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30 January 2008
Professor Austyn Mair
Professor Austyn Mair, CBE, the former Head of the Department of Engineering, University of Cambridge who carried out pioneering work on supersonic aircraft designs, has died aged 90.
Professor Mair was Professor of Aeronautical Engineering at Cambridge and headed the Department for a full decade, overseeing the introduction of new professorships, changes to undergraduate teaching, and the modernisation of facilities. Earlier in his career he had contributed to the design of the RAF's first jet aircraft.
William Austyn Mair was born in 1917 and educated at Highgate School, London, and Clare College, Cambridge, where he took a first with distinction in the mechanical sciences tripos.
He took a job at the aero-engine department of Rolls-Royce in Derby, but when World War II broke out and he was commissioned by the RAF and sent to the Royal Aircraft Establishment (RAE) at Farnborough. He spent the rest of the war designing and commissioning wind tunnels and testing and investigating the performance of fighter planes.
Professor Mair was particularly interested in the problems of aerodynamics at speeds approaching the speed of sound. At the time the behaviour of aircraft flying near and above that speed was not well understood. His work in this field contributed to an improved design for the Gloster Meteor - the RAF's first operational jet aircraft.
At the end of the war he was sent to Germany to discover what developments had been made there in aircraft and rocket technology. A year later he was decommissioned, and continued his experimental work in the academic sphere. He became director of the new Fluid Motion Laboratory at the University of Manchester, researching aspects of supersonic flow, before returning to Cambridge in 1952 as Professor of Aeronautical Engineering, aged just 35.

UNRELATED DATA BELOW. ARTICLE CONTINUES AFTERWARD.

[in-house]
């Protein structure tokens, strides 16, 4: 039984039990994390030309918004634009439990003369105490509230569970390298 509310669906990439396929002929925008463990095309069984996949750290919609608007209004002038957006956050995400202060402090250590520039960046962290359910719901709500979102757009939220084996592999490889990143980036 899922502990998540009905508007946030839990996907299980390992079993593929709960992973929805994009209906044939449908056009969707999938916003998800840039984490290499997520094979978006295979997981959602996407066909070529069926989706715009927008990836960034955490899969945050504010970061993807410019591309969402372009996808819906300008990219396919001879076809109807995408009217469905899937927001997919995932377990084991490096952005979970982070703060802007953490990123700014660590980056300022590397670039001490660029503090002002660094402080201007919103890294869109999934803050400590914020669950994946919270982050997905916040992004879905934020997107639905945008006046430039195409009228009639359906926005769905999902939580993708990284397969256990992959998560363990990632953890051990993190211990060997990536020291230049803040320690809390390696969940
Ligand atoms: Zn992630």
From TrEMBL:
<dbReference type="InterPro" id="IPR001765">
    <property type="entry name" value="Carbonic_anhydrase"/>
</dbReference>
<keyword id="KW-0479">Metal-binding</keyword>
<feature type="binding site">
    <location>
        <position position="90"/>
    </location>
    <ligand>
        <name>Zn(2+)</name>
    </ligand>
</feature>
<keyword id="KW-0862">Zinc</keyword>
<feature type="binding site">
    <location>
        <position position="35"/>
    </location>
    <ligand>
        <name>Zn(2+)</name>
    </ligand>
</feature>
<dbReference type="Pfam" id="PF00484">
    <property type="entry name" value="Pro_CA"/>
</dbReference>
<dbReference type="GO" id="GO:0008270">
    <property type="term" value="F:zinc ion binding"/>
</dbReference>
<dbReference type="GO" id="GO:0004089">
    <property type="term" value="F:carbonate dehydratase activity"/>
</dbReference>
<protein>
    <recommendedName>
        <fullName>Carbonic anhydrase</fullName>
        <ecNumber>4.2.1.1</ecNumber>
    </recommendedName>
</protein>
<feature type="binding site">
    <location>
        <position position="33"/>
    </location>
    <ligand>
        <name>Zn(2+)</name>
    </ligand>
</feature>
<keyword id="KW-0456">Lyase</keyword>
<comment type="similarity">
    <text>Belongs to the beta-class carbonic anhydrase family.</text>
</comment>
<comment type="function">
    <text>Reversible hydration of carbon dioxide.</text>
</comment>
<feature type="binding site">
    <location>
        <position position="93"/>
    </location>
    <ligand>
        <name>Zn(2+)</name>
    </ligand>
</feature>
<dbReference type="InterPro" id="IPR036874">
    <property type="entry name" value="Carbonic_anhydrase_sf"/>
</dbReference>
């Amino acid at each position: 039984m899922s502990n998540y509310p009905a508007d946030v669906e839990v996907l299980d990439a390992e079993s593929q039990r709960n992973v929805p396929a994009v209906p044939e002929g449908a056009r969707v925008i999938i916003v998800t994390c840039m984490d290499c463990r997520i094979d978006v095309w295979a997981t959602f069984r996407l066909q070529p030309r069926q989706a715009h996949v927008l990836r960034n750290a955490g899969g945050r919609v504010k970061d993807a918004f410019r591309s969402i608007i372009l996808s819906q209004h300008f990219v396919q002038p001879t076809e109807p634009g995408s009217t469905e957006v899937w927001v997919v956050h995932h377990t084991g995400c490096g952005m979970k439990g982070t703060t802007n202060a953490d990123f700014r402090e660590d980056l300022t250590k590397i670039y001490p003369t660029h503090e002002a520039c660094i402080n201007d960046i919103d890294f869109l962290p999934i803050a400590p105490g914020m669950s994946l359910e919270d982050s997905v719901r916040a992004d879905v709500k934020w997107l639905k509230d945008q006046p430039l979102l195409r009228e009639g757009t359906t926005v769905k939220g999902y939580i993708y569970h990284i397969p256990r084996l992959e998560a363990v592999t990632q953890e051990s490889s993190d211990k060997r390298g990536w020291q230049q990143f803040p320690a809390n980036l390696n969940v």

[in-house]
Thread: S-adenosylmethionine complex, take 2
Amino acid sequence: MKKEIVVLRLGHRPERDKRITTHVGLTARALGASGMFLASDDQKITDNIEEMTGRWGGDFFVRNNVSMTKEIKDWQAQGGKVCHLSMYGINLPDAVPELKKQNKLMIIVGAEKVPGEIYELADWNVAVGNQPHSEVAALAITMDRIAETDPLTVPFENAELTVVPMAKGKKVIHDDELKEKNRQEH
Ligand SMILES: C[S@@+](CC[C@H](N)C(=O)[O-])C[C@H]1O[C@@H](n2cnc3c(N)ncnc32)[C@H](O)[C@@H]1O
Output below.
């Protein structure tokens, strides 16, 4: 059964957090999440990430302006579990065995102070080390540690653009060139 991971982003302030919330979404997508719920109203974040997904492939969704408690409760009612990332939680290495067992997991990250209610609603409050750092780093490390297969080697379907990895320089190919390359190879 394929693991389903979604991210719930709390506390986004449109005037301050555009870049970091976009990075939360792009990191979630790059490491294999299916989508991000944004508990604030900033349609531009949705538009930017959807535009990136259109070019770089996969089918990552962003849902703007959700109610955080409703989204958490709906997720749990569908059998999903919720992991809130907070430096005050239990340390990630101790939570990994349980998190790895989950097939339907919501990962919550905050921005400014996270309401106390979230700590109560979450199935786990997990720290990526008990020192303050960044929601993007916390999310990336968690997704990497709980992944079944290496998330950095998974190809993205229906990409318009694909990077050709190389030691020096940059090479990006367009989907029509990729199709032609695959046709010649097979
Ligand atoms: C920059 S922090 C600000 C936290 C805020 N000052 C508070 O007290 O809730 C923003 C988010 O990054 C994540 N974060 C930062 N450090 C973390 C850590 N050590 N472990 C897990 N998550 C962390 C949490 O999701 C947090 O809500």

At the time Cambridge's aeronautics laboratory comprised three small, low-speed wind tunnels in a small wooden hut. Professor Mair designed and built a supersonic wind tunnel and a larger, low-speed wind tunnel, which was up and running by 1960. In 1961 he moved into research for Hovercraft Development Limited, examining problems caused by wind forces on both hovercraft and trains.
He became Head of Department in 1973 during the economic recession. Such was his success in guiding the Department through this difficult period that a second five-year tenure followed in 1978. This allowed Professor Mair to oversee numerous improvements to laboratory facilities, the appointment of a number of new professors of engineering and the introduction of a new four-year course for the Production Engineering Tripos, later known as the Manufacturing Engineering Tripos.
In 1975 he was awarded the Royal Aeronautical Society's Silver Medal. He also served on the Aeronautical Research Council and was on the editorial board of the Aeronautical Quarterly, which he also chaired. He was appointed CBE in 1969, elected to the Fellowship of Engineering (later the Royal Academy of Engineering) in 1984 and awarded an honorary DSc by the Cranfield Institute of Technology in 1990. He was a fellow of Downing College from 1953 and was elected an honorary fellow 30 years later. In retirement he worked as an engineering consultant, and published a book; Aircraft Performance (with D L Birdsall).
He is survived by his wife Mary, whom he married in 1944, and by their two sons. One of his sons, Professor Robert Mair, is Professor of Engineering at Cambridge and Master of Jesus College.
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